Source: ONS, SEB

Employment is now rising rapidly. Large cutbacks in public sector jobs are being offset by a strong upturn in private employment. So far, about 45 per cent of job losses have been recovered. Part-time jobs account for the lion’s share of the upturn (65 per cent). The employment upswing is having no significant impact on the jobless rate, since the labour supply is rising almost as fast. Unemployment will remain at around 8 per cent during the next six months, then slowly decline. Fiscal headwinds will accelerate in 2011. According to the emergency budget, the government’s borrowing requirement will fall by 10 per cent of GDP by 2015/2016, mainly via discretionary fiscal policy. The budget has been well received; the UK’s sovereign credit rating no longer seems to be threatened, for example. In this context, it is encouraging to note that the UK also carried out a sharp fiscal tightening in the early 1990s, yet GDP grew by an average of 3 per cent yearly. Although various factors now indicate that the economy can tolerate the fiscal austerity measures, the impact of such large cutbacks is very uncertain.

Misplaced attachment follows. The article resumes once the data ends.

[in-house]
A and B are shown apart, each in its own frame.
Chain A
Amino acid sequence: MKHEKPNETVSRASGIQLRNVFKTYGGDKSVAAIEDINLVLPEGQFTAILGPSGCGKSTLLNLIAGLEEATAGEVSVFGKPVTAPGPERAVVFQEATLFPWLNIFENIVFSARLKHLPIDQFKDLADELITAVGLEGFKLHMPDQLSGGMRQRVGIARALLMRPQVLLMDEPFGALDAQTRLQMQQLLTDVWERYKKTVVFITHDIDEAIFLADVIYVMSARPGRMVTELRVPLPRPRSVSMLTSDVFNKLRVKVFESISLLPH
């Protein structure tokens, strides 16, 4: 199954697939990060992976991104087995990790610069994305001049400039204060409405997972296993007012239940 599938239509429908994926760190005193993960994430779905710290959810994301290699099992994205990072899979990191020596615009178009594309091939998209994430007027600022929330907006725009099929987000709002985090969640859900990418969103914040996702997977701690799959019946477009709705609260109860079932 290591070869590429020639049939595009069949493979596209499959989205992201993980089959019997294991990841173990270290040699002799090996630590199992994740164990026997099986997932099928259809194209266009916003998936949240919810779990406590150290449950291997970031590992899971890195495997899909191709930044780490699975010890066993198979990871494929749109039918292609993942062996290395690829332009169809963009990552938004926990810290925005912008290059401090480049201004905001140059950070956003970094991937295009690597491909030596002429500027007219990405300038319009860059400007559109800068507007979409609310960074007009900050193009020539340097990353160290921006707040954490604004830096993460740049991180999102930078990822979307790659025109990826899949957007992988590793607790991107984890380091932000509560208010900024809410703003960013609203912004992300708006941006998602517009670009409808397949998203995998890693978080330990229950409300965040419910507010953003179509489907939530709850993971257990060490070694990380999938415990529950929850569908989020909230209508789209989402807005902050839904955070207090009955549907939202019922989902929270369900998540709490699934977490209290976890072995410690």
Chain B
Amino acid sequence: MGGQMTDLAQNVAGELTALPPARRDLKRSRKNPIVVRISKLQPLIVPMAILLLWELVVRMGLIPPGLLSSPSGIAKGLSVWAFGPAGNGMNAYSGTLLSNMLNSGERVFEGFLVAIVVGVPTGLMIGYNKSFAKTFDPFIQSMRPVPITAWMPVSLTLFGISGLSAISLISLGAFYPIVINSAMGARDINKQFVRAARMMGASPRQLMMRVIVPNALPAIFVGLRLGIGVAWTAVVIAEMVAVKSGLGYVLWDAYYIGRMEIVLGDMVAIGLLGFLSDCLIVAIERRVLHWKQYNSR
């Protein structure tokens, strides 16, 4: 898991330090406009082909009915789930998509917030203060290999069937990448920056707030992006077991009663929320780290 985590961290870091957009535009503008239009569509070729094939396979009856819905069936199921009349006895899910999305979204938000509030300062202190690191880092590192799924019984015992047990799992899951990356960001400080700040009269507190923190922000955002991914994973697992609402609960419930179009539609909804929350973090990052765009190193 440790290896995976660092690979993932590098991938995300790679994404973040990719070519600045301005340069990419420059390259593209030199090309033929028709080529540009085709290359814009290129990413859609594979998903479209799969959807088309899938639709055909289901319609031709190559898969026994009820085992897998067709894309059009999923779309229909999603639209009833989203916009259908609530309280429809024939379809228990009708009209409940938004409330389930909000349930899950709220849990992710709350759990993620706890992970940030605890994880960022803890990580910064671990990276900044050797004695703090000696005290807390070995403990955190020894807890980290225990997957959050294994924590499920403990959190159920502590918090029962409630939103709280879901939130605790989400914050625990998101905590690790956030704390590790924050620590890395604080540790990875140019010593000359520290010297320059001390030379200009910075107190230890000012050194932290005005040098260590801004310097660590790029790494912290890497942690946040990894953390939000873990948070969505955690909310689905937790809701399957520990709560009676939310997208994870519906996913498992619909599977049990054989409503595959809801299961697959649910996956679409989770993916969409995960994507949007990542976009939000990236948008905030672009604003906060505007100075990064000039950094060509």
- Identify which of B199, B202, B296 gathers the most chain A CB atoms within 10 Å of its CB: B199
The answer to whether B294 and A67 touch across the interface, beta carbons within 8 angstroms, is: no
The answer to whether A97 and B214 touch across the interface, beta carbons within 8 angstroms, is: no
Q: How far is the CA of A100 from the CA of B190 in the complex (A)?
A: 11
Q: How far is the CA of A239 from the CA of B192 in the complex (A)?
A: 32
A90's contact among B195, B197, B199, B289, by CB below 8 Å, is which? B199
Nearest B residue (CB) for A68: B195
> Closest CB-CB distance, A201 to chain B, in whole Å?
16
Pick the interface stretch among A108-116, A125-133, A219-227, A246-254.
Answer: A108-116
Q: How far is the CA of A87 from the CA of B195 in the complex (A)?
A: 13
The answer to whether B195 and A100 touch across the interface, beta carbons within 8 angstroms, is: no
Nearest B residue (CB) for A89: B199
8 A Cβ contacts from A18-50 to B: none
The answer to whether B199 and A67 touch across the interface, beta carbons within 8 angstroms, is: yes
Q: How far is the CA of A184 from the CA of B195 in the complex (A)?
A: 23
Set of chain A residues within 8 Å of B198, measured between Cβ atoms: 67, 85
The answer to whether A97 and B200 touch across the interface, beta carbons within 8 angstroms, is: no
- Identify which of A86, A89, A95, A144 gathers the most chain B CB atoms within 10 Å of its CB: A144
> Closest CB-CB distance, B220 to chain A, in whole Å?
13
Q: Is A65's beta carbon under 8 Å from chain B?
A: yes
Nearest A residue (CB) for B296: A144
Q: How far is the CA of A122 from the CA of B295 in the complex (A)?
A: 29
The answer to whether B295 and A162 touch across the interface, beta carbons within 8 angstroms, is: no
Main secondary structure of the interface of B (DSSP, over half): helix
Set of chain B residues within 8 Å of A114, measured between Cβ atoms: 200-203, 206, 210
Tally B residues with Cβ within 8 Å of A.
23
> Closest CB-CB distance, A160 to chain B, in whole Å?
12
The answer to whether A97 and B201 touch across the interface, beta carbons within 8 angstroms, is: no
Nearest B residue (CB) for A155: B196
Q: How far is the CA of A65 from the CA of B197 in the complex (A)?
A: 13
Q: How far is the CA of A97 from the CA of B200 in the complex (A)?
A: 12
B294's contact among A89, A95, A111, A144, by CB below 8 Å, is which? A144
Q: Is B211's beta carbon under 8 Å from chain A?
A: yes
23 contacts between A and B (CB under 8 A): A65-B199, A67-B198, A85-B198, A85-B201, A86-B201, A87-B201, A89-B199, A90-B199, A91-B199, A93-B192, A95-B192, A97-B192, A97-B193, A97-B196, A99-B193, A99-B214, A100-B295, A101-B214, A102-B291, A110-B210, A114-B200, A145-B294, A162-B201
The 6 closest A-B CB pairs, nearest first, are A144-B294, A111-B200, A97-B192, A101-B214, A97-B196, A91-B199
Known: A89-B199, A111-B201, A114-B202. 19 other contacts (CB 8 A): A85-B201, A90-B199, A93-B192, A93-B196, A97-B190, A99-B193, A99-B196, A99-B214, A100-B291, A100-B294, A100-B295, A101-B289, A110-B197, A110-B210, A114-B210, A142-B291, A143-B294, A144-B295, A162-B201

Nordic Outlook – November 2010 | 35

Eastern Europe

Domestic demand awakening despite austerity
ƒ ƒ ƒ Moderate GDP growth Small public sector debt Currencies appreciating
Ukraine has bounced back unexpectedly fast after last year’s 15 per cent GDP slide, with the economic upturn being driven by higher steel prices and a weak currency. Growth will slow from 5 per cent this year to 4 per cent in 2012, partly due to budget austerity requirements by Ukraine’s creditor, the IMF, as well as reduced gas price subsidies to households and businesses. The region’s earlier problems with huge current account deficits have eased greatly. Looking ahead, we expect small current account deficits in most countries (and a surplus in Russia). Inflation will be low but gradually rise. In the short term, inflation rates in Russia and Ukraine will surge due to higher grain and gas prices. Large budget deficits in Eastern Europe will successively shrink and thus help keep public sector debt at relatively low levels compared to Western countries.